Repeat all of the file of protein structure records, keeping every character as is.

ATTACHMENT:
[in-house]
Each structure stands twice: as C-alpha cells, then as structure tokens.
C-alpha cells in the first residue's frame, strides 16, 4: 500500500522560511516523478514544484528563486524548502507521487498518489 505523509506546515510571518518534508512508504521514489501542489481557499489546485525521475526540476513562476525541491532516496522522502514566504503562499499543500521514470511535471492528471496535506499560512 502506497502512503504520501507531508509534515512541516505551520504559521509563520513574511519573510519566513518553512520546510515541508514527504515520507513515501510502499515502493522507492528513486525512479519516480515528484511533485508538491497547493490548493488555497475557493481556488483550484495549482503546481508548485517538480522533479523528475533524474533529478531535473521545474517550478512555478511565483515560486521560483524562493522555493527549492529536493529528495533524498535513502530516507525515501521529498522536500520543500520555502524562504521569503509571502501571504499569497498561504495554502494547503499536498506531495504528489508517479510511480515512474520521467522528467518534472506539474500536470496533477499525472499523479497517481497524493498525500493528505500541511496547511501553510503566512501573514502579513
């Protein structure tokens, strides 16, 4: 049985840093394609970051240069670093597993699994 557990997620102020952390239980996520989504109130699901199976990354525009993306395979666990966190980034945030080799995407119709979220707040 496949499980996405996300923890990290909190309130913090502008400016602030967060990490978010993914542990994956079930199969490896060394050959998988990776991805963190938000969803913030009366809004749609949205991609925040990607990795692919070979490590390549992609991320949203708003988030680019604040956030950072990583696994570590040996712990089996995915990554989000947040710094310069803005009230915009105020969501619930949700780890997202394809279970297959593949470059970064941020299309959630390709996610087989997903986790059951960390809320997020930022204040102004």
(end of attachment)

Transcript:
[in-house]
Each structure stands twice: as C-alpha cells, then as structure tokens.
C-alpha cells in the first residue's frame, strides 16, 4: 500500500522560511516523478514544484528563486524548502507521487498518489 505523509506546515510571518518534508512508504521514489501542489481557499489546485525521475526540476513562476525541491532516496522522502514566504503562499499543500521514470511535471492528471496535506499560512 502506497502512503504520501507531508509534515512541516505551520504559521509563520513574511519573510519566513518553512520546510515541508514527504515520507513515501510502499515502493522507492528513486525512479519516480515528484511533485508538491497547493490548493488555497475557493481556488483550484495549482503546481508548485517538480522533479523528475533524474533529478531535473521545474517550478512555478511565483515560486521560483524562493522555493527549492529536493529528495533524498535513502530516507525515501521529498522536500520543500520555502524562504521569503509571502501571504499569497498561504495554502494547503499536498506531495504528489508517479510511480515512474520521467522528467518534472506539474500536470496533477499525472499523479497517481497524493498525500493528505500541511496547511501553510503566512501573514502579513
């Protein structure tokens, strides 16, 4: 049985840093394609970051240069670093597993699994 557990997620102020952390239980996520989504109130699901199976990354525009993306395979666990966190980034945030080799995407119709979220707040 496949499980996405996300923890990290909190309130913090502008400016602030967060990490978010993914542990994956079930199969490896060394050959998988990776991805963190938000969803913030009366809004749609949205991609925040990607990795692919070979490590390549992609991320949203708003988030680019604040956030950072990583696994570590040996712990089996995915990554989000947040710094310069803005009230915009105020969501619930949700780890997202394809279970297959593949470059970064941020299309959630390709996610087989997903986790059951960390809320997020930022204040102004």